Effects of protease and urea on a granular starch hydrolyzing process for corn ethanol production

Research output: Contribution to journalArticle

Abstract

The dry grind process using granular starch hydrolyzing enzymes (GSHE) saves energy. The amount of GSHE used is an important factor affecting dry grind process economics. Proteases can weaken protein matrix to aid starch release and may reduce GSHE doses. Two specific proteases, an exoprotease and an endoprotease, were evaluated in the dry grind process using GSHE (GSH process). The effect of protease and urea addition on GSH process was also evaluated. Addition of these proteases resulted in higher ethanol concentrations (mean increase of 0.3-1.8 v/v) and lower distillers' dried grains with solubles (DDGS) yields (mean decrease of 1.3-8.0% db) compared with the control (no protease addition). As protease levels and GSHE increased, ethanol concentrations increased and DDGS yields decreased. Protease addition reduced the required GSHE dose. Final mean ethanol concentrations without urea (15.2% v/v) were higher than with urea (15.0% v/v) in GSH process across all protease treatments.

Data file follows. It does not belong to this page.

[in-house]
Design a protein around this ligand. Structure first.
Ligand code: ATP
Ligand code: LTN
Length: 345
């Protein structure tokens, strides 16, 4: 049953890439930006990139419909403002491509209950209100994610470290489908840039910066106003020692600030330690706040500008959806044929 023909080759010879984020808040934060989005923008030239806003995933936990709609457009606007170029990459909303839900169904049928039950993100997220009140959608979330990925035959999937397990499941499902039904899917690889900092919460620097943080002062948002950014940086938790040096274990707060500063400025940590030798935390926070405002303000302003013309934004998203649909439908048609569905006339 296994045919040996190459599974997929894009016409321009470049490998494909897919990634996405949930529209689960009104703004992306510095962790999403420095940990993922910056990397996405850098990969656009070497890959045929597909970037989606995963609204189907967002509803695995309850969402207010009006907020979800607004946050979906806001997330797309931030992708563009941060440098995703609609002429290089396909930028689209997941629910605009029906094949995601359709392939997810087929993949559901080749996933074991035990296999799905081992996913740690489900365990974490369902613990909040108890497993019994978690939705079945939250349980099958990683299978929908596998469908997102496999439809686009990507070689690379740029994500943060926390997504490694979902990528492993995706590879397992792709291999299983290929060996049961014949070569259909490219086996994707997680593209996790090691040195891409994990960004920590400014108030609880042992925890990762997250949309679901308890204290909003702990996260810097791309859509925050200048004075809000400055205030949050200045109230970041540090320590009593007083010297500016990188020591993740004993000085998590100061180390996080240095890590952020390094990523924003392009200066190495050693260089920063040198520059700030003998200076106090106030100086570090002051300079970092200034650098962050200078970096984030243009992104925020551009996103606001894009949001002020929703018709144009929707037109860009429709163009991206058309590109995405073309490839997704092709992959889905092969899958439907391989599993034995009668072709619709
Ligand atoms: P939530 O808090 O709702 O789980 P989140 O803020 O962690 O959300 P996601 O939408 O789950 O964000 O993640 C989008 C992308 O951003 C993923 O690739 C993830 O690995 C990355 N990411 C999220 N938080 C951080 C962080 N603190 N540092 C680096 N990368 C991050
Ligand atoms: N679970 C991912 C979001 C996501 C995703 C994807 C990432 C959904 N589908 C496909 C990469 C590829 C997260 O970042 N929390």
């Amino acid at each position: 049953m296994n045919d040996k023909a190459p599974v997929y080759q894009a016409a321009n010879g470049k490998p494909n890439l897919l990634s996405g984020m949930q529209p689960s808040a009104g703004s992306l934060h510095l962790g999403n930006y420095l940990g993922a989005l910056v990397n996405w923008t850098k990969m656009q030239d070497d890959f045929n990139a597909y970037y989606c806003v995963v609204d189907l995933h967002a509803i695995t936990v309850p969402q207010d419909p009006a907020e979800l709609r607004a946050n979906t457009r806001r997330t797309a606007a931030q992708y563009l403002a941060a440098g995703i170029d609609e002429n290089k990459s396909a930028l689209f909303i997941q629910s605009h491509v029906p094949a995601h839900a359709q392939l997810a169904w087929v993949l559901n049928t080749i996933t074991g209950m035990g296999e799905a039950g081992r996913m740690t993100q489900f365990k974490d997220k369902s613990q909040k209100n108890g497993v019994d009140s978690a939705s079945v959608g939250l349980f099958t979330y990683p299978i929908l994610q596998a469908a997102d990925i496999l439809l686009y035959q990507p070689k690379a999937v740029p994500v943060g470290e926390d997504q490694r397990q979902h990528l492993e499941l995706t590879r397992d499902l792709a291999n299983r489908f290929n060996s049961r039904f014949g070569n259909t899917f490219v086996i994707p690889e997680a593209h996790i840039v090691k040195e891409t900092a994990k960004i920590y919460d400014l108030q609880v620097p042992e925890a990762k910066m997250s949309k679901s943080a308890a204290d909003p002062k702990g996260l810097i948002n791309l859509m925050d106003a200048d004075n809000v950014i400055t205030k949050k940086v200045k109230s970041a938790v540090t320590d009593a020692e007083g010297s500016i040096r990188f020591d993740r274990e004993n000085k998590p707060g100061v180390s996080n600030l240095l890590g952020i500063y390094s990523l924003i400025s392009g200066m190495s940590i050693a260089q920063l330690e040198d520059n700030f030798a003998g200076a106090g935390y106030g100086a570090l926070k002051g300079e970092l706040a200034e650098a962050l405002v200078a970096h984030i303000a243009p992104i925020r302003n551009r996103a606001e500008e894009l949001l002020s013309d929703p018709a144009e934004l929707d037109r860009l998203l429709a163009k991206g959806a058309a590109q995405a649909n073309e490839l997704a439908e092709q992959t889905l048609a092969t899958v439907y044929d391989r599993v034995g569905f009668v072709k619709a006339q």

Original languageEnglish (US)
Pages (from-to)319-322
Number of pages4
JournalCereal Chemistry
Volume86
Issue number3
DOIs
StatePublished - May 1 2009

ASJC Scopus subject areas

  • Food Science
  • Organic Chemistry

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